Rope (1948)

rope poster 1948 movie hitchcock
8.0 Overall Score
Story: 7/10
Acting: 8/10
Visuals: 8/10

Good concept and interesting execution

Not Hitchcock's best, more of a play

Movie Info

Movie Name:  Rope

Studio:  Transatlantic Pictures

Genre(s):  Mystery/Suspense/Drama

Release Date(s):  August 28, 1948

MPAA Rating:  Not Rated


It’s isn’t a party until some one gets strangled…

Phillip Morgan (Farley Granger) and Brandon Shaw (John Dall) have just committed a crime.  They’ve murdered their friend David Kentley (Dick Hogan) just to see if they could do it.  Now with Brandon’s insistence, they are throwing a dinner party for a number of guests which include their old housemaster Rupert (James Stewart), David’s father (Cedric Hardwicke), David’s aunt (Constance Collier), David’s fiancée (Joan Chandler), and David’s friend Kenneth (Douglas Dick).  As the party wears on, questions rise about David’s disappearance and Phillip and Brandon try to keep their tracks covered.

Directed by Alfred Hitchcock, Rope is a suspense thriller.  Following Hitchcock’s The Paradine Case in 1947, the film is an adaptation of the 1929 play by Patrick Hamilton which in turn is loosely based on the true life 1924 murder of Bobby Franks by Nathan Leopold and Richard Loeb.  The film was considered one of Hitchcock’s “5 Lost Hitchocks” with The Man Who Knew Too Much (1956), Rear Window, The Trouble with Harry, and Vertigo in that the films were out of circulation for decades due to copyright issues.


It’s Hitch!

Rope is one of Hitchcock’s lesser works, but it does have some renown.  The movie is known for being shot in “real-time” with the story taking place the length of the film.  This is partially true, Hitchcock did edit cuts into the film, but the events do occur during the film runtime.  This makes Rope an interesting work by a master filmmaker.

The story for Rope is more interesting for what is not there.  On the surface, it a pretty simple game of cat-and-mouse with a less vulgar version of Titus Andronicus playing out at the party (the friends of David eat dinner served on the case holding his body).  Rupert figures out the mystery through some relatively simple deductions…that it.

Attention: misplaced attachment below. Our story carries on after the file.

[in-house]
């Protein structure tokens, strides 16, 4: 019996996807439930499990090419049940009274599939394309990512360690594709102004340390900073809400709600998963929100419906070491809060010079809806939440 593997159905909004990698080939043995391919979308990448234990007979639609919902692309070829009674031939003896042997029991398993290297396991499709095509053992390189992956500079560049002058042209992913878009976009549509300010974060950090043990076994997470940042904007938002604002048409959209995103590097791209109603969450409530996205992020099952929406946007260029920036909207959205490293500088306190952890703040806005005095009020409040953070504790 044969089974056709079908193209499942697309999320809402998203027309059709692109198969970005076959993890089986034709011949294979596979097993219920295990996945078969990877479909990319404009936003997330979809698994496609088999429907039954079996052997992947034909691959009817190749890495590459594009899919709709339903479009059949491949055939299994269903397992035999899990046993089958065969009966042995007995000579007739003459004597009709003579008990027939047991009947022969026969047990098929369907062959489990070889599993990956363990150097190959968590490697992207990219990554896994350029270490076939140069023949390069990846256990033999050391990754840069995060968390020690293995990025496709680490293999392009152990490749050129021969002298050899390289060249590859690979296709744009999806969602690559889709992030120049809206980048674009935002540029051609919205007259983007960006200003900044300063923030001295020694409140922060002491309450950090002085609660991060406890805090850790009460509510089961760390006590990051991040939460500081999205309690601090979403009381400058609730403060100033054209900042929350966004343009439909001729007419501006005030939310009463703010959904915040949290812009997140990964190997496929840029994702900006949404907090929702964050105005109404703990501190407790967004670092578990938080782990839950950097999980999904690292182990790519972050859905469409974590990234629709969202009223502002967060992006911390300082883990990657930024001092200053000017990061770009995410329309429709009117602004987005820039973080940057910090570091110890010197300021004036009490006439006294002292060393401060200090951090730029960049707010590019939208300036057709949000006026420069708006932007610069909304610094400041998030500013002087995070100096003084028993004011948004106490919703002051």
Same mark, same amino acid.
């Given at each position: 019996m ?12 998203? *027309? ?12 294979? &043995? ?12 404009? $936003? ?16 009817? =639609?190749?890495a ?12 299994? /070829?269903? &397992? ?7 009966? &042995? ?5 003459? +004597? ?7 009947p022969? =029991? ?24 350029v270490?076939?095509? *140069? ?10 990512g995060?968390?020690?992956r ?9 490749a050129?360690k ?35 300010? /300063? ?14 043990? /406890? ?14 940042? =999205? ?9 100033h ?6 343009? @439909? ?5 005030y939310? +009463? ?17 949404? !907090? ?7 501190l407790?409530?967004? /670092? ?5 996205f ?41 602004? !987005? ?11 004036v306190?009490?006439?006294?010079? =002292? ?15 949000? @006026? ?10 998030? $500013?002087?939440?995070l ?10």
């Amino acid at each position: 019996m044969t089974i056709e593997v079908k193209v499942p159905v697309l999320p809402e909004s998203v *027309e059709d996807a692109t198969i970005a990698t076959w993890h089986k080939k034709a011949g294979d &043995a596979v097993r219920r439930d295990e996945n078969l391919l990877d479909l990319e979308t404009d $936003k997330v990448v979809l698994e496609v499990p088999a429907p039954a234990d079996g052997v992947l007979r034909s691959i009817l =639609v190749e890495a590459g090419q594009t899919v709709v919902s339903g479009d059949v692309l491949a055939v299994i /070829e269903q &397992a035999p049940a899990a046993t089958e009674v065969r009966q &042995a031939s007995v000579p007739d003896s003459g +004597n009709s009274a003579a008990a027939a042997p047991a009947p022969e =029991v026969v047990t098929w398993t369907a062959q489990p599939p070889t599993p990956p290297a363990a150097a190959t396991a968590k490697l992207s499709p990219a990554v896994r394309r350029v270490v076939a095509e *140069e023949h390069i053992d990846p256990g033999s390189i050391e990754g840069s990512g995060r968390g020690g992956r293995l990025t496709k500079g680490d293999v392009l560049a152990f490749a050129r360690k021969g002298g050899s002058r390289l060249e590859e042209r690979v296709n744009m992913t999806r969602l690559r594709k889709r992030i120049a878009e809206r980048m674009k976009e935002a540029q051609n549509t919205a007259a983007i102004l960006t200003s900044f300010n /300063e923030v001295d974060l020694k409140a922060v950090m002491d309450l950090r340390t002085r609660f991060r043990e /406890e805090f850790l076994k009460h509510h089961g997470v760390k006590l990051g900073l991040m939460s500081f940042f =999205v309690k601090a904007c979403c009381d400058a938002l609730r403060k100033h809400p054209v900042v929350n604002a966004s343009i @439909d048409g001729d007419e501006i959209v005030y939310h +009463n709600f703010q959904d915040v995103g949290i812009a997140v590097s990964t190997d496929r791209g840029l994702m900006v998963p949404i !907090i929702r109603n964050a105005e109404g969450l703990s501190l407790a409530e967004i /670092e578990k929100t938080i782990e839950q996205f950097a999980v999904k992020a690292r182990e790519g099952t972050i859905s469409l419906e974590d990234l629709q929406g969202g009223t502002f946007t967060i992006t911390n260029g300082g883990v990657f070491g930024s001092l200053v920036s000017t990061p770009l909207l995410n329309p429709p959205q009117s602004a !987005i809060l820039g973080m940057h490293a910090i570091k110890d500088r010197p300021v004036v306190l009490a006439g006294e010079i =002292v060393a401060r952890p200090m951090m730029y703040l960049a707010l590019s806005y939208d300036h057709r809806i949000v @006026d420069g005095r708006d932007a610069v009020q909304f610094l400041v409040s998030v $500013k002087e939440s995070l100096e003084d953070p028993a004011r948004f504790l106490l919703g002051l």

We’re not hiding anything…seriously. Just two guys hanging out.

The movie’s subtext is what is interesting.  It is generally assumed that Morgan and Shaw are a gay couple.  It isn’t said in the movie, but it is implied.  Farley Granger (who later appeared in Hitchcock’s Strangers on a Train) was gay and it had to be odd at the time taking on a role in which he wasn’t really hiding.  Granger’s performance was widely praised which could be a result of his personal ties to the performance.

Visually is where Rope stands out.  It is fun to watch a “continuous shot” film regardless if it is an illusion.  The film does feel like a play as a result of the style and confined set, but Hitchcock does work the set to the max…and he even has time for his trademark cameo in the opening street shot.

Rope is by no means a perfect film, but like almost all Hitchcock films, it is interesting.  The movie is rather quick and simple and that is something that later Hitchcock film lost.  Like almost all of the movies, Hitchcock never really knows how to end his films…Rope gets around this by not needing a true ending (aka what happened to the characters next).  Rope just ends, and that is a good thing.  Alfred Hitchcock followed Rope with Under Capricorn in 1949.

Author: JPRoscoe View all posts by
Follow me on Twitter/Instagram/Letterboxd @JPRoscoe76! Loves all things pop-culture especially if it has a bit of a counter-culture twist. Plays video games (basically from the start when a neighbor brought home an Atari 2600), comic loving (for almost 30 years), and a true critic of movies. Enjoys the art house but also isn't afraid to let in one or two popular movies at the same time.

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